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Round-up of Sunday editorials from Florida's leading newspapers

By on July 1, 2012

Tampa Bay Times: Peek at Florida corporate handouts isn’t pretty

”Oops. Gov. Rick Scott’s administration late last month inadvertently gave Floridians a more complete picture of how their tax money is being given away to corporations in an expensive attempt to create jobs. It’s not a pretty sight, and it raises more questions about corporate welfare, secrecy and whether the money would be better spent investing in the state.”

Bradenton Herald: Affordable Health Care Act spawns Medicaid dilemma

“Everyone’s focused on the individual mandate, but let’s talk Medicaid. The Supreme Court ruled that the Affordable Care Act unconstitutionally coerced the states into signing up for a Medicaid expansion, and the federal money that comes with it, by threatening them with a total cutoff of Medicaid funds if they didn’t accept. The court remedied this by saying that the Department of Health and Human Services could not reduce the states’ existing Medicaid funding, only the additional money they would have gotten. This outcome gives the red states that brought the lawsuit brand-new leverage. It will be a lot easier for them to tell the administration where it can put its Medicaid expansion.”

The Daytona Beach News-Journal: School Board should soften harsh pass-to-play policy

“Volusia County School Board members have begun the process of re-evaluating their strict pass-to-play policy for athletes. It’s a step in the right direction. The 15-year-old policy is viewed by some school officials as too strict — far stricter than those of the state and surrounding counties. Board members discussed possible changes at a meeting Tuesday. Basically, the policy makes athletes ineligible for extracurricular activities if they fail one of their core classes in a grading period.”

The Florida Times-Union, Jacksonville.com: Jacksonville mayor’s first year earns an overall B-

“What a year it has been for Mayor Alvin Brown, starting with an incredibly close election that felt like a mandate due to bipartisan support. He has enjoyed more than a few successes, but on many measures, Brown’s progress has been disappointing.”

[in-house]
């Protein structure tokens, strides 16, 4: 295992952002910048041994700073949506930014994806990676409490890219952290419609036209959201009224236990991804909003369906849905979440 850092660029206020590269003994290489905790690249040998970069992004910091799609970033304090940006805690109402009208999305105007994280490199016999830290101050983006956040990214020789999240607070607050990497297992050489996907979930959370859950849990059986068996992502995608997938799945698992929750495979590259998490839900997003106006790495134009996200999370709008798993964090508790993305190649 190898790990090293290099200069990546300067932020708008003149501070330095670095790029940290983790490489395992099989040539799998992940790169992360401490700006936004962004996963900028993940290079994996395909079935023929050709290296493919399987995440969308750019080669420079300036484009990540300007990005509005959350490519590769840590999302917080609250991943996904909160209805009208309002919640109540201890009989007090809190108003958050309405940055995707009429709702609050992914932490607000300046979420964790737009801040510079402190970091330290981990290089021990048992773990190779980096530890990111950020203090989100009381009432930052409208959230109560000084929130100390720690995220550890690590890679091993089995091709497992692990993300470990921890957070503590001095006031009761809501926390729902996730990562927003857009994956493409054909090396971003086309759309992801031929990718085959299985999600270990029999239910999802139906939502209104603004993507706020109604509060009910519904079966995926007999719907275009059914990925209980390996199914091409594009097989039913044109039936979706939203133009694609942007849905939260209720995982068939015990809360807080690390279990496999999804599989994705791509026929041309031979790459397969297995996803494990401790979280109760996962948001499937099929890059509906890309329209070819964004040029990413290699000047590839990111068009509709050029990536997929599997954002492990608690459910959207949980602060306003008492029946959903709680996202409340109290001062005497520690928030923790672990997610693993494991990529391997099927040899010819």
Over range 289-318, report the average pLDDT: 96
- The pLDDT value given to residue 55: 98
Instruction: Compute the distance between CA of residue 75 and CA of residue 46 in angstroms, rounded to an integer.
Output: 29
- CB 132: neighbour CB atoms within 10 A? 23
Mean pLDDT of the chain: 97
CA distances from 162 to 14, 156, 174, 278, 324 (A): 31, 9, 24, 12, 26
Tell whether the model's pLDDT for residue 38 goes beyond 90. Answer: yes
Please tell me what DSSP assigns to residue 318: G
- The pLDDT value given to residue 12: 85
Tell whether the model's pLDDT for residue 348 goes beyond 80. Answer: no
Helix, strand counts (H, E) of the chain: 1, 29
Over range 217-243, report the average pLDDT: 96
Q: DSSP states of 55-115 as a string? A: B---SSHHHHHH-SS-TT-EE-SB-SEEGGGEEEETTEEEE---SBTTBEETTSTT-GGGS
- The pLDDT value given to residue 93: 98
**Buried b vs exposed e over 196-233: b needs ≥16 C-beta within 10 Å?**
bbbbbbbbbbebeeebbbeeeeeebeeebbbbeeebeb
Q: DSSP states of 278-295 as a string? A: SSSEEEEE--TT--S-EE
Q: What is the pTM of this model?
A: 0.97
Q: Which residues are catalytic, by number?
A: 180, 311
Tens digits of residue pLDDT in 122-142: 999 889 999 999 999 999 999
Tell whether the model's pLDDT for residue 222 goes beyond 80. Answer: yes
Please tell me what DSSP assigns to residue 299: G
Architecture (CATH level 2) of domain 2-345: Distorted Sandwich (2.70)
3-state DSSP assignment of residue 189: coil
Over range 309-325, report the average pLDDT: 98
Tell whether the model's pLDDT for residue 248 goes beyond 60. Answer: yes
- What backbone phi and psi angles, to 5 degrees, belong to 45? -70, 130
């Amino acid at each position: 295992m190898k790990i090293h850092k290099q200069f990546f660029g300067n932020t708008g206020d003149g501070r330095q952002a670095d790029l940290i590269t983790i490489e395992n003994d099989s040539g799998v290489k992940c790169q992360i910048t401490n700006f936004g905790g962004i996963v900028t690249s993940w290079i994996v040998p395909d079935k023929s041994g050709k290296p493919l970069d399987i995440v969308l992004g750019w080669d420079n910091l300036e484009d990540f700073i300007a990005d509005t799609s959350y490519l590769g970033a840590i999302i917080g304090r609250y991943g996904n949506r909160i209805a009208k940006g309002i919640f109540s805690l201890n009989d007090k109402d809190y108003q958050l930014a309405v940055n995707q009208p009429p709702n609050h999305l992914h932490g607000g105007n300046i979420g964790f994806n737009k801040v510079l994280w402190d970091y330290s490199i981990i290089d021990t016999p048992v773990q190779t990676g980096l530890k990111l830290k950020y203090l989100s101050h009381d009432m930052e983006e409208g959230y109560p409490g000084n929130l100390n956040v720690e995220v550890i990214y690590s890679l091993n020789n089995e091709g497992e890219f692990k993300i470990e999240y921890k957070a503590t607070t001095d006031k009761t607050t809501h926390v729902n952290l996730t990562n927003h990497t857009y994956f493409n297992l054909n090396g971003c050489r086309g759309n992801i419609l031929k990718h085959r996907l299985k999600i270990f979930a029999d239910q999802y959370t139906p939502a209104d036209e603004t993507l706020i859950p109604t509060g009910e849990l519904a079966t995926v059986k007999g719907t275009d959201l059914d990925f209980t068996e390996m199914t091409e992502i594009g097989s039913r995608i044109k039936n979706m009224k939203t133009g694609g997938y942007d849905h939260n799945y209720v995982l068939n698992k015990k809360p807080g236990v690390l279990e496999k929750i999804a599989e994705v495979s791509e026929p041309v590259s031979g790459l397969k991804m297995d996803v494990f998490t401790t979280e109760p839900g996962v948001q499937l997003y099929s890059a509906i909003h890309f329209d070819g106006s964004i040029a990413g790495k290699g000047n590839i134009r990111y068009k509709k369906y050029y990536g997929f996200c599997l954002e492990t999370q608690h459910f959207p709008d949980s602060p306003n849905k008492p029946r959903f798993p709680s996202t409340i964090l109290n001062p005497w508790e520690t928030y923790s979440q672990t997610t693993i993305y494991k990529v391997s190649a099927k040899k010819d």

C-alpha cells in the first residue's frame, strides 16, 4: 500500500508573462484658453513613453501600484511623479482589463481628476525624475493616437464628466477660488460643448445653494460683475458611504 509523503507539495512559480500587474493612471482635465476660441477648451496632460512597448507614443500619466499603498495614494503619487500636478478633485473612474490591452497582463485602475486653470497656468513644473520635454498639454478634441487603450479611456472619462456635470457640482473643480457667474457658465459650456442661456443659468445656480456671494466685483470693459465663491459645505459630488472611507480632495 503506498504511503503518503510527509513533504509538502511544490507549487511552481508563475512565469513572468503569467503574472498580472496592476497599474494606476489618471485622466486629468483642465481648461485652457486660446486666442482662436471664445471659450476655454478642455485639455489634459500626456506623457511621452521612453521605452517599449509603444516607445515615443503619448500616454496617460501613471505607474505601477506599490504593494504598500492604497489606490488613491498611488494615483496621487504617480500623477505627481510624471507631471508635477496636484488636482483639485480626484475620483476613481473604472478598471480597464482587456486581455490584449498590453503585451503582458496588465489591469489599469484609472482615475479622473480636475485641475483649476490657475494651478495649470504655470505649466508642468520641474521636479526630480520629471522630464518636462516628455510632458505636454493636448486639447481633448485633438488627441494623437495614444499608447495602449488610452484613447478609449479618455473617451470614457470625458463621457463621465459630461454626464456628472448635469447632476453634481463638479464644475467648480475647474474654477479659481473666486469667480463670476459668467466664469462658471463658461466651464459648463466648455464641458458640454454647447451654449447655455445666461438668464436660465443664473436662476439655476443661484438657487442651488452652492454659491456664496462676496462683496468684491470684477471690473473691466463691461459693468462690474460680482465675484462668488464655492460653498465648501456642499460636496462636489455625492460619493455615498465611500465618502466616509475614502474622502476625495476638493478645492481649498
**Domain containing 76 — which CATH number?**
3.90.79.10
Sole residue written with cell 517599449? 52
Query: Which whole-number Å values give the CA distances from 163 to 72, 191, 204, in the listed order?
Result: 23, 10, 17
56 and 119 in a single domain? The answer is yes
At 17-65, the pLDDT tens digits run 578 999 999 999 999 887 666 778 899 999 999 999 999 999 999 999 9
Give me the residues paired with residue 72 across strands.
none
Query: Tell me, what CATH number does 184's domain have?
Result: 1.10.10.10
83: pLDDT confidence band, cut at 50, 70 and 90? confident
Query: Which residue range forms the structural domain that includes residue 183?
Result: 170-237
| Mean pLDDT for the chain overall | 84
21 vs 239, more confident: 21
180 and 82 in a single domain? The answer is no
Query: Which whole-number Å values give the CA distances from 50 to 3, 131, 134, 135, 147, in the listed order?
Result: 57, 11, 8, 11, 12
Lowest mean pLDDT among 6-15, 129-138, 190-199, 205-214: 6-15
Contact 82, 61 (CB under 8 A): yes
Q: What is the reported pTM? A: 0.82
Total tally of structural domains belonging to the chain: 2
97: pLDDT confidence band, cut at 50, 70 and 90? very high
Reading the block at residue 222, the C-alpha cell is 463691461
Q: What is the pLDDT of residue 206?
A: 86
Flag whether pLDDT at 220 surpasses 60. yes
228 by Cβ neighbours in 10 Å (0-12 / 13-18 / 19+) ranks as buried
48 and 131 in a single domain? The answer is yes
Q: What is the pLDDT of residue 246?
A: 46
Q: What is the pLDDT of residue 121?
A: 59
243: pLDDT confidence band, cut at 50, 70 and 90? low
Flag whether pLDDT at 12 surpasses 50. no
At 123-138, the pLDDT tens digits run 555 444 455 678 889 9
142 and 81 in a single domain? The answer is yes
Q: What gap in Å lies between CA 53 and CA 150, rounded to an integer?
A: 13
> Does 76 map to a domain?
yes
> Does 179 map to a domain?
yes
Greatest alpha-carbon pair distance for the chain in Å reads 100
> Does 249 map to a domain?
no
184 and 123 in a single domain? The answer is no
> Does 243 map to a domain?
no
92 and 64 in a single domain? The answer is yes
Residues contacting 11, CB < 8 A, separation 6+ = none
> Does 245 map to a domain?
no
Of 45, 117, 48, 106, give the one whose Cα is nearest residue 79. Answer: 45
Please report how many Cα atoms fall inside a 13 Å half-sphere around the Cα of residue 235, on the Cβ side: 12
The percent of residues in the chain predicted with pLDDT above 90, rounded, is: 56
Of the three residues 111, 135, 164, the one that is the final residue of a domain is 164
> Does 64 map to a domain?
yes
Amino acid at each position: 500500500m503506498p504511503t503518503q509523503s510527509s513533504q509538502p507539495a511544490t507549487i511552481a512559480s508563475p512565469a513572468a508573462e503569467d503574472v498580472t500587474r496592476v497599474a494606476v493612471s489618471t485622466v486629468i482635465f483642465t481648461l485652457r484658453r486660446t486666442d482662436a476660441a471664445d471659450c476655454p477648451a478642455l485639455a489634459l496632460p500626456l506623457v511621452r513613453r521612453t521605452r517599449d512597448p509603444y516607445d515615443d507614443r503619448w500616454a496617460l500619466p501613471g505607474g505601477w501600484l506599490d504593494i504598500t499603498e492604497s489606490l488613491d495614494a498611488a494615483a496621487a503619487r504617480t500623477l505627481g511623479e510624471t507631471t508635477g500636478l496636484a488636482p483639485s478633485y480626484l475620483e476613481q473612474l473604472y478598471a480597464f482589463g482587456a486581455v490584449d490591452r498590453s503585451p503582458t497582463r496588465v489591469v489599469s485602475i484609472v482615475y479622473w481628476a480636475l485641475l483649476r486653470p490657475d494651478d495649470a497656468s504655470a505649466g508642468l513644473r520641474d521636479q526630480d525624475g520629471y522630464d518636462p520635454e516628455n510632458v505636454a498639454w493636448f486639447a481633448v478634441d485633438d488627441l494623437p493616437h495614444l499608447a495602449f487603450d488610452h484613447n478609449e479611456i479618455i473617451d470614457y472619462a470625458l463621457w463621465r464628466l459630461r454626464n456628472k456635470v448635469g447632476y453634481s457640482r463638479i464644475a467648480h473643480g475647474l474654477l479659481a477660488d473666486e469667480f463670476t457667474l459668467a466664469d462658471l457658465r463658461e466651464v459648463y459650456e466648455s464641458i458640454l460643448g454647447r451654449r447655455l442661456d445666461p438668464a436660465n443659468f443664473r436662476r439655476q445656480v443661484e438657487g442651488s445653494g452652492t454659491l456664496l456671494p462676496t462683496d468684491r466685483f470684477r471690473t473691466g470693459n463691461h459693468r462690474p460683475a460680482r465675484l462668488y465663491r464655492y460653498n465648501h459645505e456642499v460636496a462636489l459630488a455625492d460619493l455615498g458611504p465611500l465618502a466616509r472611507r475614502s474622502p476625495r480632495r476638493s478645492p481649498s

The Lakeland Ledger: The Ledger Recommends – Clerk of the Circuit Court: Stacy Butterfield

“Two candidates are competing for Polk County clerk of the circuit court. They are Stacy Butterfield and Sam Johnson. The race is nonpartisan and thus open to all voters. It will be decided in the Aug. 14 primary election.” 

The Miami Herald: One more time

OUR OPINION: Failing once, state shouldn’t fumble second chance at ALF reform

“The governor has reconvened the task force whose recommendations to bring deep reform to how assisted-living facilities treat their vulnerable clients died in the Legislature this year because (a) lawmakers caved in to big-money industry interests and (b) the governor, who swore that protecting the frail and elderly was his priority, failed to get out and push. Nor did he get out and lead, either. In the meantime, the worst of the ALF operators are still operating unimpeded, and anyone unlucky enough to be in their “care” remains unprotected. The panel of industry experts represents the best second chance to develop measures that will curb the types of mistreatment, abuse and bad — sometimes fatal — practices graphically recounted in The Miami Herald series Neglected to Death.”

The Orlando Sentinel: Attacks on environment invite public suspicion

“The current Legislature is either ambivalent or outright hostile to conservation causes, gleefully dismantling the state’s growth management laws, dozing off while Florida’s springs decline, and doing the bidding of their chamber of commerce masters. Gov. Rick Scott is no better. His environmental agenda so far has been pathetic, characterized primarily by a few outdoor photo ops. But he generally views environmental regulations as merely impediments to business.”

Tampa Tribune, TBO.com: Pain from health tax can easily get worse

“Like everyone else, we’re trying to understand how the nation’s new health care law might affect us, our families and friends and the nation. Like a majority of Americans, we are skeptical of this law’s ability to take us to the advertised destination: better care for more people at lower costs. And, assuming the law isn’t repealed before it is fully phased in, we can’t be sure what impact it will have on our own insurance and experience at our doctor’s office. Without a doubt, it brings big benefits to some of the sickest people whose insurance rates are exorbitant if they can get insurance at all. It provides subsidies to help low-income households buy coverage. The political question is whether this forced marriage of big government and for-profit insurance companies is the best Congress can do. We certainly hope not.”

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